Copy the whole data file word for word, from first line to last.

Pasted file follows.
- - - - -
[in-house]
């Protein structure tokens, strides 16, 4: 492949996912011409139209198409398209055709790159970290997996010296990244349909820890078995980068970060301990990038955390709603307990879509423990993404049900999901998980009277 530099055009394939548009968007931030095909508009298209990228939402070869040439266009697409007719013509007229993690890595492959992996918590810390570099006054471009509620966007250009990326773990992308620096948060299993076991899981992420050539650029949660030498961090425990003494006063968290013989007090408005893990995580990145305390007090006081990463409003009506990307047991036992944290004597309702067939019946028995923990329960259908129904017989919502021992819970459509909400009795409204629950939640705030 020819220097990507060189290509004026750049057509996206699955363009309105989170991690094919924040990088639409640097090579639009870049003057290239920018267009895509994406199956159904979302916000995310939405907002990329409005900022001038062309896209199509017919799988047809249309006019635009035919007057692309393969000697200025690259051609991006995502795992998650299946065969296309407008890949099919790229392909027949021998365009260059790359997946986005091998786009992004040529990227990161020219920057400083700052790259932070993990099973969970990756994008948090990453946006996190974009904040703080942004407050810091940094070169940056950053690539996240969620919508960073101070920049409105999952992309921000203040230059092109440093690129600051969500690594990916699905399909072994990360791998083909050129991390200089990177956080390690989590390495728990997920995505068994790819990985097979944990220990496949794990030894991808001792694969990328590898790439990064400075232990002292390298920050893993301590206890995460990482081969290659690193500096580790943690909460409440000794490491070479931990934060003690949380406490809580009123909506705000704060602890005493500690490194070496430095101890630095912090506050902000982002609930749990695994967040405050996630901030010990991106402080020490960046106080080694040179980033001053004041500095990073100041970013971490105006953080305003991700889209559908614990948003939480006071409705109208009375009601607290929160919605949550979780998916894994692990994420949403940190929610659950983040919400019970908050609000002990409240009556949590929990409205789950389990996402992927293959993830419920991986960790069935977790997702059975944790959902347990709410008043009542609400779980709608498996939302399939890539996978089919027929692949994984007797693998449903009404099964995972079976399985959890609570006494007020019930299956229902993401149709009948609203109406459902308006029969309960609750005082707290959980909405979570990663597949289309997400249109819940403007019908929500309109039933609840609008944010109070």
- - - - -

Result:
[in-house]
């Protein structure tokens, strides 16, 4: 492949996912011409139209198409398209055709790159970290997996010296990244349909820890078995980068970060301990990038955390709603307990879509423990993404049900999901998980009277 530099055009394939548009968007931030095909508009298209990228939402070869040439266009697409007719013509007229993690890595492959992996918590810390570099006054471009509620966007250009990326773990992308620096948060299993076991899981992420050539650029949660030498961090425990003494006063968290013989007090408005893990995580990145305390007090006081990463409003009506990307047991036992944290004597309702067939019946028995923990329960259908129904017989919502021992819970459509909400009795409204629950939640705030 020819220097990507060189290509004026750049057509996206699955363009309105989170991690094919924040990088639409640097090579639009870049003057290239920018267009895509994406199956159904979302916000995310939405907002990329409005900022001038062309896209199509017919799988047809249309006019635009035919007057692309393969000697200025690259051609991006995502795992998650299946065969296309407008890949099919790229392909027949021998365009260059790359997946986005091998786009992004040529990227990161020219920057400083700052790259932070993990099973969970990756994008948090990453946006996190974009904040703080942004407050810091940094070169940056950053690539996240969620919508960073101070920049409105999952992309921000203040230059092109440093690129600051969500690594990916699905399909072994990360791998083909050129991390200089990177956080390690989590390495728990997920995505068994790819990985097979944990220990496949794990030894991808001792694969990328590898790439990064400075232990002292390298920050893993301590206890995460990482081969290659690193500096580790943690909460409440000794490491070479931990934060003690949380406490809580009123909506705000704060602890005493500690490194070496430095101890630095912090506050902000982002609930749990695994967040405050996630901030010990991106402080020490960046106080080694040179980033001053004041500095990073100041970013971490105006953080305003991700889209559908614990948003939480006071409705109208009375009601607290929160919605949550979780998916894994692990994420949403940190929610659950983040919400019970908050609000002990409240009556949590929990409205789950389990996402992927293959993830419920991986960790069935977790997702059975944790959902347990709410008043009542609400779980709608498996939302399939890539996978089919027929692949994984007797693998449903009404099964995972079976399985959890609570006494007020019930299956229902993401149709009948609203109406459902308006029969309960609750005082707290959980909405979570990663597949289309997400249109819940403007019908929500309109039933609840609008944010109070």